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Freezing his credit helps this expert 'sleep better' at night—here's why he says everyone should do it

CNBC Select speaks to an expert whose credit has been frozen off and on for years — plus why and when it's smart for you do the same, global pandemic or not.

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As anxiety about the coronavirus pandemic builds, experts have warned Americans to be wary of credit card scammers.

If you're one of the many consumers experiencing financial hardship at this time, the last thing you want is a fraudster having access to your money. An easy way to protect yourself is by putting your credit on freeze if you know you aren't going to apply for a new card or loan anytime soon.

"The freeze is kind of like putting your credit in a safe and you have the key," Jim Droske, president of the credit counseling company Illinois Credit Services tells CNBC Select. "If you don't need your credit, keep it in the safest place you can until you do need it."

Below, we speak to Droske about why freezing your credit is a smart idea for everyone, no matter your credit score, in a global pandemic or not.

Why Droske always keeps his credit frozen

"My personal credit has been frozen off and on for years," Droske, who maintains a perfect credit score, explains.

Credit freezes take little time to set up, come at zero cost and are a smart way to protect unauthorized access to your credit report. When your credit is frozen, fraudsters are unable to open new accounts in your name, even if they have your personal information. In fact, no third party can access your credit when it is frozen.

"It's the most secure thing you can do to protect your credit," Droske says. "I recommend keeping it frozen until you need to use it. Let's face it, you know when you are going to apply for a mortgage, auto loan or credit card, so keep your credit frozen until you need it." Individuals can still access their credit report when frozen, but they can't apply for any new credit.

Keep in mind that this does not apply to any bank that you already have existing relationships with. For example, if you currently have the Chase Freedom® or Chase Sapphire Preferred® Card and ask for a credit limit increase, Chase can still look at your credit report to decide whether or not to approve it.

It's easy to do a 'temporary lift' or 'thaw' your credit

Credit freezes only take about 30 to 45 minutes to set up with all three credit bureaus (Experian, Equifax and TransUnion) and they are easy and free to unfreeze when you need to, such as when applying for a new mortgage, loan or other credit. To unfreeze your credit, place a call to the bureaus or do it on their websites. The process happens quickly and there should be no extended time period to wait for the 'temporary lift' to process.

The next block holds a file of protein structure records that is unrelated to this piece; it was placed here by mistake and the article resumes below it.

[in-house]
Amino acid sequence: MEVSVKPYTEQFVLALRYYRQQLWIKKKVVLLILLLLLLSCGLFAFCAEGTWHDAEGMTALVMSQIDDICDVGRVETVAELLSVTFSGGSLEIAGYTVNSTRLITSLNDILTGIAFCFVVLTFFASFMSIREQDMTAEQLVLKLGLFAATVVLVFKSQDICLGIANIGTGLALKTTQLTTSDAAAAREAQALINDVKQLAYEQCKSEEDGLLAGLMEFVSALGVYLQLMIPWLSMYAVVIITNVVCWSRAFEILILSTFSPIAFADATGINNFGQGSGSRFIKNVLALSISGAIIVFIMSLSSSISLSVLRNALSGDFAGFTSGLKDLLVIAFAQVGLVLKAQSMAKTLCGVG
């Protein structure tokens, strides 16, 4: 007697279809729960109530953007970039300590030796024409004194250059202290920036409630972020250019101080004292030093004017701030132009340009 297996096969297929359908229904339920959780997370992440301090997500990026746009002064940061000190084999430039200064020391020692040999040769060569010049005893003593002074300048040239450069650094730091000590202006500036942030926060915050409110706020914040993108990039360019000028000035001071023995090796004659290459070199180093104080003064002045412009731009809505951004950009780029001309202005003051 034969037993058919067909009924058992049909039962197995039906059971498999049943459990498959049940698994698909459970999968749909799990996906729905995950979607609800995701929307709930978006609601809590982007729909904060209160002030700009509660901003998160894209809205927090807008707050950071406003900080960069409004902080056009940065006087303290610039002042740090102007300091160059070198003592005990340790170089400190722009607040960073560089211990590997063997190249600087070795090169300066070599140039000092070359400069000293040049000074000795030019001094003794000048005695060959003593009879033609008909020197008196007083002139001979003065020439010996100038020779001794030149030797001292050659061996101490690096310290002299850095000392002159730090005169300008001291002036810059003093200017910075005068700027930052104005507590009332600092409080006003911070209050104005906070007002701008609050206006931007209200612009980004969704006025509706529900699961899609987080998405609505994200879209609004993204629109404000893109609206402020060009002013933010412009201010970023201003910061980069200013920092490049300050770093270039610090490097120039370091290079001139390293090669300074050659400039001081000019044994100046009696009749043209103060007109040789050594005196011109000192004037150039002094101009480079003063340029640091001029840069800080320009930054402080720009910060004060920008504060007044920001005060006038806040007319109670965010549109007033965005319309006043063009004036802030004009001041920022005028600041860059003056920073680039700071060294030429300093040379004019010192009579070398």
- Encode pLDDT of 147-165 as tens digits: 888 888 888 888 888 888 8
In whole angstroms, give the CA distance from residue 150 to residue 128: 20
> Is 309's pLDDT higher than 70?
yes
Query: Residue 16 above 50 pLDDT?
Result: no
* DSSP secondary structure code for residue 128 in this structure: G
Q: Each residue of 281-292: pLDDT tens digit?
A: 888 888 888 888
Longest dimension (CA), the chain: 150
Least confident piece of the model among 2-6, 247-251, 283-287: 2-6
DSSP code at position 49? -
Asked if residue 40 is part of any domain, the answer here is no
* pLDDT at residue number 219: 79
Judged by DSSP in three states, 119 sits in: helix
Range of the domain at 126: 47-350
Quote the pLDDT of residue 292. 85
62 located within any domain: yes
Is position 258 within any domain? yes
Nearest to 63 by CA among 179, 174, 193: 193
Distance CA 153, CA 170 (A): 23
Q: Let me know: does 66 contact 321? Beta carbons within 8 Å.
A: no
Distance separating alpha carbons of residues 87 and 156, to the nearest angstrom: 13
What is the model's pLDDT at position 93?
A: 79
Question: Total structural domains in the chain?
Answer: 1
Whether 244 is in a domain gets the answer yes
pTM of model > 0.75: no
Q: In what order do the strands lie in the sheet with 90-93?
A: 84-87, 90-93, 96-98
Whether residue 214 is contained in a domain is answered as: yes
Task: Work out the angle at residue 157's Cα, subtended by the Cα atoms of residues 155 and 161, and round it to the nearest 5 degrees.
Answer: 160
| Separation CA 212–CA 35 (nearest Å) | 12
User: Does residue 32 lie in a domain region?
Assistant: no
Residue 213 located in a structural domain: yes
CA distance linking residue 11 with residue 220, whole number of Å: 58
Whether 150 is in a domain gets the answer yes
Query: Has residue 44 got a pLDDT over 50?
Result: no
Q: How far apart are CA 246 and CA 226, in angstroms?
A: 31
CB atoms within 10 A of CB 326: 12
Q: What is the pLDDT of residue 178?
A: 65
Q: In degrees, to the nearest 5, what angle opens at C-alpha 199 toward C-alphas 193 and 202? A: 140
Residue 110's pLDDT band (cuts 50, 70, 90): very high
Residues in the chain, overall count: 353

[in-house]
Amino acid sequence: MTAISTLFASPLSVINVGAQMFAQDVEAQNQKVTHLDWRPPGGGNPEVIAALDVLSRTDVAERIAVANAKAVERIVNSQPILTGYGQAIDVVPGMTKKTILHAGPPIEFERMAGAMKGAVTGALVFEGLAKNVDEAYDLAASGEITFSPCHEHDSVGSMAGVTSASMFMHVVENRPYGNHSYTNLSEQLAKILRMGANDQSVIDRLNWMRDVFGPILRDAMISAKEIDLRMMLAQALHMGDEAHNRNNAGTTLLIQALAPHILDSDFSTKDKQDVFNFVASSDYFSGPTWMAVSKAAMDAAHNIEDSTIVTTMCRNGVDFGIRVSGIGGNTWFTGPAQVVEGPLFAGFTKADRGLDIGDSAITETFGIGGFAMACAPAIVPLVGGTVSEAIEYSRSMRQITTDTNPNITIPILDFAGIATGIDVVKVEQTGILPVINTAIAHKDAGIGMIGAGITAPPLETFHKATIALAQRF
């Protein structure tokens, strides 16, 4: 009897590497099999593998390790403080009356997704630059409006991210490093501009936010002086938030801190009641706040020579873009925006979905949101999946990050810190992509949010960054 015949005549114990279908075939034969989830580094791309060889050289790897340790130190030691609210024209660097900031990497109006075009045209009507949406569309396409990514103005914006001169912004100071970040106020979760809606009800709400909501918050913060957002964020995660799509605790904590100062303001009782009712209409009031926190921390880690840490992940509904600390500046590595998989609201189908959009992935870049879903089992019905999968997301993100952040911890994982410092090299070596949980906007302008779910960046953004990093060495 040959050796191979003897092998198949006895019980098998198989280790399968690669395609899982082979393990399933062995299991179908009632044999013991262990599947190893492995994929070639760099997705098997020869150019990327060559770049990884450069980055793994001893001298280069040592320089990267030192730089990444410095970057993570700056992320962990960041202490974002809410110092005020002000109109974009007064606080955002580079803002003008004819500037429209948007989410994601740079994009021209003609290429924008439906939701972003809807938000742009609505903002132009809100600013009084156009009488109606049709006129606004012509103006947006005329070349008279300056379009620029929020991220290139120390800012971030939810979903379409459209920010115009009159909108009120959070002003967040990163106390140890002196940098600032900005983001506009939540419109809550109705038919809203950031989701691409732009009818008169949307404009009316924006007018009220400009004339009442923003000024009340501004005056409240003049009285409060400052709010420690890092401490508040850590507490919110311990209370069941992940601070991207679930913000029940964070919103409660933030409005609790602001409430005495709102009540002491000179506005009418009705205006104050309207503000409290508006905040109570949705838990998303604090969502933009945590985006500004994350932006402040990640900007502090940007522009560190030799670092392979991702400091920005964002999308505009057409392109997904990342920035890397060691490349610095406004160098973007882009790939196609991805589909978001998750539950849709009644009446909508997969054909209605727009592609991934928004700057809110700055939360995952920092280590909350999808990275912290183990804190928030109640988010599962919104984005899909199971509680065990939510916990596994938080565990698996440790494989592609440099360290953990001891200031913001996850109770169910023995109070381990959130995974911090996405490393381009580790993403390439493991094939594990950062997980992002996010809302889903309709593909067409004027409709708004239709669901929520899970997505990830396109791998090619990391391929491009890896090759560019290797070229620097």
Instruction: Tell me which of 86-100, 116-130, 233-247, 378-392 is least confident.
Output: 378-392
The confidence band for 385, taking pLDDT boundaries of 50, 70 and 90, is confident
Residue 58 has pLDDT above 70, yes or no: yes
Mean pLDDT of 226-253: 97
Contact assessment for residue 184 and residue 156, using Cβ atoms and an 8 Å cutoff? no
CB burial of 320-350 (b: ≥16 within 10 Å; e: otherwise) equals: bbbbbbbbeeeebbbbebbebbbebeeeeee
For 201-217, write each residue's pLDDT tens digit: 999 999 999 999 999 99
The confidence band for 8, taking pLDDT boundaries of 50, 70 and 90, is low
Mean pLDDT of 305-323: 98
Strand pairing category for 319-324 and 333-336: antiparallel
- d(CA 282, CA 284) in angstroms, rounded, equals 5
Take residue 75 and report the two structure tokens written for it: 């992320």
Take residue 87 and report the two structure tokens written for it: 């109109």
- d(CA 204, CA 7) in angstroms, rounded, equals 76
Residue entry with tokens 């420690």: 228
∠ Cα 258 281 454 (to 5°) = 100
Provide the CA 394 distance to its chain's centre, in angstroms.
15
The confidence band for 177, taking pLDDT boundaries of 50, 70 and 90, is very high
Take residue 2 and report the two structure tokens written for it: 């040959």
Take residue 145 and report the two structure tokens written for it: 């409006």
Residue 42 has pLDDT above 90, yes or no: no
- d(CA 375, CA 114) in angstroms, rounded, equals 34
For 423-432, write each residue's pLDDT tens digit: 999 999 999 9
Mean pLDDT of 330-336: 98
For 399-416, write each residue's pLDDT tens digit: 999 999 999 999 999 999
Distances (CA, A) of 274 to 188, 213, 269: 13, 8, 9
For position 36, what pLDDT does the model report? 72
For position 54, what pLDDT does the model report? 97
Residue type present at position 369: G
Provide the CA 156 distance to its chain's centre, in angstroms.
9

"I was at a car dealership to purchase a car and I forgot my credit was frozen," Droske says. "It took me about two minutes to thaw the reports and the dealership could then access my credit."

And keep in mind that you don't always have to thaw all three reports when you want to buy something. "You can ask the lender which report they are going to pull, then 'thaw' ('temporary lift') just that one report," Droske says.

Once you unfreeze your credit, you can request how long you want it to be accessible. For example, you can request that your credit be available for one day, a week or three months. Just make sure you freeze it again after the loan is issued if you want to stay protected.

Whether you have good credit or bad credit, you should still freeze it

Freezing your credit is important for both people with good credit and not-so-good credit.

"Unfortunately, we live in a world where fraudsters prowl, data breaches are rampant, and there is a ton of our information available out there," Droske says. "Why not take control of it? If you have good credit, why worry about it? Freeze it."

But if you're someone with less than stellar credit, you may not be so worried about a fraudster using your credit since it would be more difficult to obtain loan approvals. Even so, you may still want to think about freezing it.

When you're offered extensions of credit that don't have favorable terms or you're inclined to make impulse purchases, having your credit frozen helps control that. In these scenarios, if your credit is not as easy for you to access, you are better protected from following through with these decisions.

"Remember, you can always thaw your credit and complete the application, but when you have to take an extra step to do that, you may rethink the terms and even the purchase itself," Droske says.

Know that a credit freeze does not impact your credit score and you can still use your credit cards as normal if your credit is frozen.

Bottom line

If you're any bit worried about fraudsters having access to your credit, freeze it. You can always lift it to apply for new credit and then freeze it again.

Droske recommends that everyone try this, no matter your current credit situation. The only exception would be if you are someone who is trying to rebuild or establish credit and know you will soon be applying.

"It's a small inconvenience of a little effort and zero cost, but high levels of protection," Droske says. "I sleep better knowing that no unauthorized third party can access my credit until I say so."

Information about the Chase Freedom® has been collected independently by CNBC and has not been reviewed or provided by the issuer of the card prior to publication.

Editorial Note: Opinions, analyses, reviews or recommendations expressed in this article are those of the CNBC Select editorial staff’s alone, and have not been reviewed, approved or otherwise endorsed by any third party.